Friday, September 28, 2012

Right to Information Victory in Colombia

(credit)
(My thanks to IntLawGrrls for the opportunity to contribute this introductory post)

On September 11, 2012, the Constitutional Court of Colombia held that the Inspector General of Colombia (in Spanish, Procurador) and two of his deputies had failed in their constitutional obligation to provide truthful and accurate information on sexual and reproductive rights. Shortly thereafter, and within the limited time-frame for rectification outlined by the Court, the Inspector General held a press conference to correct the false information.
In 2011 we, a group of 1279 Colombian women, filed a tutela (a mechanism by which private citizens can bring alleged violations of their fundamental rights) alleging that our constitutional right to information had been violated when the office of the Inspector General published and disseminated false information about emergency contraception, abortion, and sex education.
The Constitutional Court found that the Inspector General and his deputies had, in violation of their legal obligations, issued misleading information on sexual and reproductive rights. For instance, they had stated, contrary to all current medical evidence, that emergency contraception is abortive, and that the use of misoprostol, an abortifacient approved by the WHO to perform safe abortions, was a danger to women and girls’ health.
The Court’s decision makes clear that public officials have an obligation under the law to provide impartial and complete information, irrespective of their personal, political or religious views. Their attempts to undermine women’s and girls’ rights by providing incomplete and false information were held to be in violation of the fundamental rights guaranteed by the Colombian Constitution. This decision ensures that Colombian women and girls will be provided truthful and accurate information on sexual and reproductive issues and are enabled and empowered to make free and informed decisions based thereon. Citizens have to be able to trust the information provided by representatives of the State, and even more so when it comes from the Inspector General’s Office, which is the institution responsible for ensuring the full protection of human rights in Colombia.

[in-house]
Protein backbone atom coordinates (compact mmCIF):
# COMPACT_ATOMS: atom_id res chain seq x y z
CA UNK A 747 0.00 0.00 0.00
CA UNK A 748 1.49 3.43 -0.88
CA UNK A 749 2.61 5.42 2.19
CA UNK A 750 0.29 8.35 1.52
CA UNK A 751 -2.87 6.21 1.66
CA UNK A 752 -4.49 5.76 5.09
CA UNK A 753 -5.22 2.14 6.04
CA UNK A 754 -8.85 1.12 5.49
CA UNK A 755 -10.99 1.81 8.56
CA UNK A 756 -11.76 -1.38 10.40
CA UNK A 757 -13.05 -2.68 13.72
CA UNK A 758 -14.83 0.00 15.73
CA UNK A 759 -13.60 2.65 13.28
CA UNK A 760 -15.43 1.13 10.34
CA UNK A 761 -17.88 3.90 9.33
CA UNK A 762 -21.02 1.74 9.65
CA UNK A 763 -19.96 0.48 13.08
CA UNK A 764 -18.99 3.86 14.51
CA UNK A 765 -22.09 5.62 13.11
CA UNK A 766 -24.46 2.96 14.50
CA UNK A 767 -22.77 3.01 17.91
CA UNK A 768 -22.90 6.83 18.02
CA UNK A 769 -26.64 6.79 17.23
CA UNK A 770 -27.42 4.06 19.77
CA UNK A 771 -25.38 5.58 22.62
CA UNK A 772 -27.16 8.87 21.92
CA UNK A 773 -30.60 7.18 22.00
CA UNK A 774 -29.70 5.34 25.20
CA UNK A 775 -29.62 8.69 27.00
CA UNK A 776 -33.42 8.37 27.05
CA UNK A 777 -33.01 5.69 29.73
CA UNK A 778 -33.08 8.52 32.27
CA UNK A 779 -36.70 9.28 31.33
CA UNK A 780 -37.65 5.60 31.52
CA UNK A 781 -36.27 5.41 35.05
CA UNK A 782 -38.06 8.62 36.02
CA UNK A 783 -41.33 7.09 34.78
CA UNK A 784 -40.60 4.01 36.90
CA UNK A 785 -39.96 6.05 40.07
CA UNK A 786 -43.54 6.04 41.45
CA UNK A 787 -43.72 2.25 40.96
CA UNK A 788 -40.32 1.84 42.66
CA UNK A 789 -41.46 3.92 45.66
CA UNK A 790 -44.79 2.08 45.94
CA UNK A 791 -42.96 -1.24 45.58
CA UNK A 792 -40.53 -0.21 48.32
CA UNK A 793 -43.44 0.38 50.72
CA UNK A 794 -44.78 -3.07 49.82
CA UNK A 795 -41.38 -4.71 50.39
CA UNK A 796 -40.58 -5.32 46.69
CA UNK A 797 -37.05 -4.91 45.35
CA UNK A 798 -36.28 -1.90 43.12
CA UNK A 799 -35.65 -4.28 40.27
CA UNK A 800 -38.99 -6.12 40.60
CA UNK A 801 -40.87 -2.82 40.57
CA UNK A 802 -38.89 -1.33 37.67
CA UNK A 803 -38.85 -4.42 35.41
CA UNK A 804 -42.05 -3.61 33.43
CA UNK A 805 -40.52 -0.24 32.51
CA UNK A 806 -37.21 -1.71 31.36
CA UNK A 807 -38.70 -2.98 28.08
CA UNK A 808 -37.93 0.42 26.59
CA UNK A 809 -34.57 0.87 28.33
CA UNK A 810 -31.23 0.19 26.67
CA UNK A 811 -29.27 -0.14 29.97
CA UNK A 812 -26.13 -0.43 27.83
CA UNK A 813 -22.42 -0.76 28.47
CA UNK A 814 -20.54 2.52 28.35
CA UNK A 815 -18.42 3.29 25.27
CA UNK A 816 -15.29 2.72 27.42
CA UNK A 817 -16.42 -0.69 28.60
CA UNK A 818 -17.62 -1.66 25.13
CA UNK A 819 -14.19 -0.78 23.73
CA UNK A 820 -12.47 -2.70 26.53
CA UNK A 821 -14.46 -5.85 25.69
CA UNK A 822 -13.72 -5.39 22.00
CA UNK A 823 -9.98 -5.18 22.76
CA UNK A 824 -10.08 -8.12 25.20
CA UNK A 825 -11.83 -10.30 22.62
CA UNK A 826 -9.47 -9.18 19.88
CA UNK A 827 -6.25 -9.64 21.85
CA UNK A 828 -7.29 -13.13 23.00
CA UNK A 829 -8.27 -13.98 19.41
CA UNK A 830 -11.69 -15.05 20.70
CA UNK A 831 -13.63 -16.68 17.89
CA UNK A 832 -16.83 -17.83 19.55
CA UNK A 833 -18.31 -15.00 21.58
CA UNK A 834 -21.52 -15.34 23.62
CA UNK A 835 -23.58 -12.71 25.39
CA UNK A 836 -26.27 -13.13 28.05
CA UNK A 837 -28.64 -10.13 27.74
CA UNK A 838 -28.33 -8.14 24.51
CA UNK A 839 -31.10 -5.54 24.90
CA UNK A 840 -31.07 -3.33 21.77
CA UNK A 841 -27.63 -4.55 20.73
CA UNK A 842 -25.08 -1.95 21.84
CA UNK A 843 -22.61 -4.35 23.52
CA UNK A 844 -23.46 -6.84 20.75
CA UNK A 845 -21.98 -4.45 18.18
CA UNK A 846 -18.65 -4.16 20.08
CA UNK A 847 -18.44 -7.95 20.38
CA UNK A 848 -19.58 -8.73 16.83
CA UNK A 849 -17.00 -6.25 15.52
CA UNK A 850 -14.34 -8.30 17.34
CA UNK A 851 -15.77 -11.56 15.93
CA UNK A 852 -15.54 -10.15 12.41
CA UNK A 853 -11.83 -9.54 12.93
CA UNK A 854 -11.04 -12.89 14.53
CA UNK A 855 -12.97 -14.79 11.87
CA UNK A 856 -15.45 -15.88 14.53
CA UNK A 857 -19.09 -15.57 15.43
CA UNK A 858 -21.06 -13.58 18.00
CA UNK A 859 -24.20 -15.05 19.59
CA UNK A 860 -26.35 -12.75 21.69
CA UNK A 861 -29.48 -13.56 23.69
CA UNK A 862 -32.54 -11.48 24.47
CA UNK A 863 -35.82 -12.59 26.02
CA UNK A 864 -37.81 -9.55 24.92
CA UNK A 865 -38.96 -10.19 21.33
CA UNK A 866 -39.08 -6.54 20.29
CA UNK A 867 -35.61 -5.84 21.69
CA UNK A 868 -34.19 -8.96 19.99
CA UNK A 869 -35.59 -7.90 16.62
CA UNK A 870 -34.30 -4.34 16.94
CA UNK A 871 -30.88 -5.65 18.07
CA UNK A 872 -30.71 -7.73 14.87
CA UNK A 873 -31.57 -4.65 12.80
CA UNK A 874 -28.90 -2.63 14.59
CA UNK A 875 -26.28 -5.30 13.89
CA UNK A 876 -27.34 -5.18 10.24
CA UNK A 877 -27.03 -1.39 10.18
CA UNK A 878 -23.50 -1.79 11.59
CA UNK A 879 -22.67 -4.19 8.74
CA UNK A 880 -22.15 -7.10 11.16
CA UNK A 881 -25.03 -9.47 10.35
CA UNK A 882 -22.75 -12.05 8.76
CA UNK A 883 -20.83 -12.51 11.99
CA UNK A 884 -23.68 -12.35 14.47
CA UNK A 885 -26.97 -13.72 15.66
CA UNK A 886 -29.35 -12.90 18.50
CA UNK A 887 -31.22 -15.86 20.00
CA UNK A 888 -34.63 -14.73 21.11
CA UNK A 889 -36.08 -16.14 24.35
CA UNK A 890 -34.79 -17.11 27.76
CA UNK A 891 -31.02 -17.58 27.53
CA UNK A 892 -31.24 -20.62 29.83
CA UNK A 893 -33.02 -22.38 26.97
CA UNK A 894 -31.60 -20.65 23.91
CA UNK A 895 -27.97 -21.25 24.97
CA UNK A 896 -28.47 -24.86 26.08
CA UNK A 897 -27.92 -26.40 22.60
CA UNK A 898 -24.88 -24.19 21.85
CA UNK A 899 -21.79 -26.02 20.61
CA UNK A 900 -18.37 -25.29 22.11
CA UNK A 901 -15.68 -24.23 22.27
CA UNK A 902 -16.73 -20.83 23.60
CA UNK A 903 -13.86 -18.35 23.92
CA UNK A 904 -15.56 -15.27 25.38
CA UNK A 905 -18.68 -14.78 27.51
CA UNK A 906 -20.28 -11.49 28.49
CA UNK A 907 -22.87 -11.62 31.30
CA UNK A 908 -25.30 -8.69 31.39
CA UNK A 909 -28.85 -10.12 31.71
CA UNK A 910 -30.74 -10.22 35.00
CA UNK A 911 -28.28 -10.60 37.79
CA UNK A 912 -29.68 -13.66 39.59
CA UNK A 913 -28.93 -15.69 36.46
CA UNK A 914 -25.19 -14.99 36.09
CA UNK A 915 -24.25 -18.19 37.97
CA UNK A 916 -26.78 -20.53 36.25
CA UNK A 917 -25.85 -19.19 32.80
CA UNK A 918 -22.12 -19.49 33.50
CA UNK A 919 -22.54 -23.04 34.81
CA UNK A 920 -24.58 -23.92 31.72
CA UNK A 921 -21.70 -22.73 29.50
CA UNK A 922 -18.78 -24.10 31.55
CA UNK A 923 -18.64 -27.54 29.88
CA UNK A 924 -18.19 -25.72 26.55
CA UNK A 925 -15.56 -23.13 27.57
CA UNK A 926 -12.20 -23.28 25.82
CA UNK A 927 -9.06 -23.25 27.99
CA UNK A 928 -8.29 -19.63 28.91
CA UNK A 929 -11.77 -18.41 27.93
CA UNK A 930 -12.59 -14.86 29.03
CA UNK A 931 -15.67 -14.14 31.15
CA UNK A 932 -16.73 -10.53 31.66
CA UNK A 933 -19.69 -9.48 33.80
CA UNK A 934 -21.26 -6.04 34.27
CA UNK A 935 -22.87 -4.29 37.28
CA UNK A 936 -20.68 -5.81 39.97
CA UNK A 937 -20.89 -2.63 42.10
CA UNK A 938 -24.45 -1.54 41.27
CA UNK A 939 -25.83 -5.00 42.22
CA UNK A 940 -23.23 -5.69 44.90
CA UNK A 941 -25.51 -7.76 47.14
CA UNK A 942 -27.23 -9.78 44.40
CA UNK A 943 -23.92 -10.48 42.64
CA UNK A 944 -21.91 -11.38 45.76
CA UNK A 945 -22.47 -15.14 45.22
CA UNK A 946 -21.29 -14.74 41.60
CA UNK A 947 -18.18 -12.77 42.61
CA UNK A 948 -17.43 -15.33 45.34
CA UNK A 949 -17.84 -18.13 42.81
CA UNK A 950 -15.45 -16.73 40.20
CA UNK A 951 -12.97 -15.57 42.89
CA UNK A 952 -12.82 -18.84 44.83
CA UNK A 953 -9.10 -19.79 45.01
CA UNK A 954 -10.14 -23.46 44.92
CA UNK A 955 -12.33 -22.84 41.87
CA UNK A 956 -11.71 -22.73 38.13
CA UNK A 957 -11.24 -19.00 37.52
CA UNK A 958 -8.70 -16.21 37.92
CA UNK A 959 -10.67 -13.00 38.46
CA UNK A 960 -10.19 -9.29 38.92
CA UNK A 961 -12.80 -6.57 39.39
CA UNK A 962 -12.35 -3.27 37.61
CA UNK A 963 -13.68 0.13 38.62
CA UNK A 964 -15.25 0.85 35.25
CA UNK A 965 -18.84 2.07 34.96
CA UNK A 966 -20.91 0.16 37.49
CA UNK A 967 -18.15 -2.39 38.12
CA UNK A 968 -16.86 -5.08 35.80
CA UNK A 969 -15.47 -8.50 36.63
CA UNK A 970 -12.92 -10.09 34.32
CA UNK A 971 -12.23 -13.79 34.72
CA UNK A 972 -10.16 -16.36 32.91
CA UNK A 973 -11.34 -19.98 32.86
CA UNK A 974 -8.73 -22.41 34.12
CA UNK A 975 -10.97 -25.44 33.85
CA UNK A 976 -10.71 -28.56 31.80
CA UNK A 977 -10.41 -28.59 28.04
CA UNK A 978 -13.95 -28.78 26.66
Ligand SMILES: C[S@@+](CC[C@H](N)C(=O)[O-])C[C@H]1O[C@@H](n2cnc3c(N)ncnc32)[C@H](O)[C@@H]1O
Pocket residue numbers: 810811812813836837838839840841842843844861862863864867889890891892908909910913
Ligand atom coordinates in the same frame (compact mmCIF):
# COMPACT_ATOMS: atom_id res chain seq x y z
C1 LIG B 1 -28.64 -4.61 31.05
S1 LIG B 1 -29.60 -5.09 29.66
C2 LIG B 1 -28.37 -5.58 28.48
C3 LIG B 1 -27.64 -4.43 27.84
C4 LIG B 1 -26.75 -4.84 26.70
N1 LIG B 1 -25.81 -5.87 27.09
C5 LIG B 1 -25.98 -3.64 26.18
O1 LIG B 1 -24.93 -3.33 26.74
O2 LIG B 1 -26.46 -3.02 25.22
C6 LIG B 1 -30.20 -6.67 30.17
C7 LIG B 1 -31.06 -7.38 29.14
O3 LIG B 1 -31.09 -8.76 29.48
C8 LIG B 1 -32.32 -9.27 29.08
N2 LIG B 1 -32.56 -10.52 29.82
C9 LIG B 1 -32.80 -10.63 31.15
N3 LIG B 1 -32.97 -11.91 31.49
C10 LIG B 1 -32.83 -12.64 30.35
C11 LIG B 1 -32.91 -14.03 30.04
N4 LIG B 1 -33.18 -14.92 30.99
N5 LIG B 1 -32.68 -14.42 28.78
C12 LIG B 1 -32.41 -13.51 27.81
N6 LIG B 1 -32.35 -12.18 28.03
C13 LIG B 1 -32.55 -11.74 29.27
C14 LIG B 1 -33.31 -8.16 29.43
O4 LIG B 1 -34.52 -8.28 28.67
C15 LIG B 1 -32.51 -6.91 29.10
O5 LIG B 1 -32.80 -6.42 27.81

The case had been filed in the context of a series of declarations and actions by the Procuraduría, which not only failed to recognize the right to a legal abortion, but also the very existence of sexual and reproductive rights. The most recent manifestation of this threat to sexual and reproductive rights has taken the form of a criminal suit by Deputy Inspector General Hoyos against me personally in response to the allegations of the 1279 women in the tutela. She claims that these allegations, on which the Court has just ruled in our favour, are untrue and defamatory. Deputy Inspector General Hoyos has failed to retract the criminal complaint against me and, ominously, continues with her candidature to fill a seat on the Constitutional Court, the seat of the Judge who authored the decision ordering her to rectify her false statements. Similarly, the Inspector General continues with his campaign for reelection for a further four years.

In response to these and other events, including a shooting at the Women’s Link Bogotá office during working hours, the international community has called on the Colombian government to investigate the criminal activity, effectively protect activists, and safeguard reproductive rights. Thus, for example, the American Bar Association issued a public letter to the President of Colombia expressing concern that a criminal prosecution against a human rights defender could amount to an attack on the independence of the legal profession.
While the criminal case against me is, obviously, worrying, it is an example of the many means, legal and other, used to harass, intimidate and ultimately, stultify the work of defenders of sexual and reproductive rights. However, this cannot overshadow the gains we have made and the opportunities for advancement that this new decision provides. Full implementation of the Court’s decision and its potential as a comparative law argument, will ensure that women and girls can access sexual and reproductive health services and make informed decisions in the fulfillment of their life plans, not only in Colombia but also in other countries where a lack of information prevents women from accessing legal reproductive health options.

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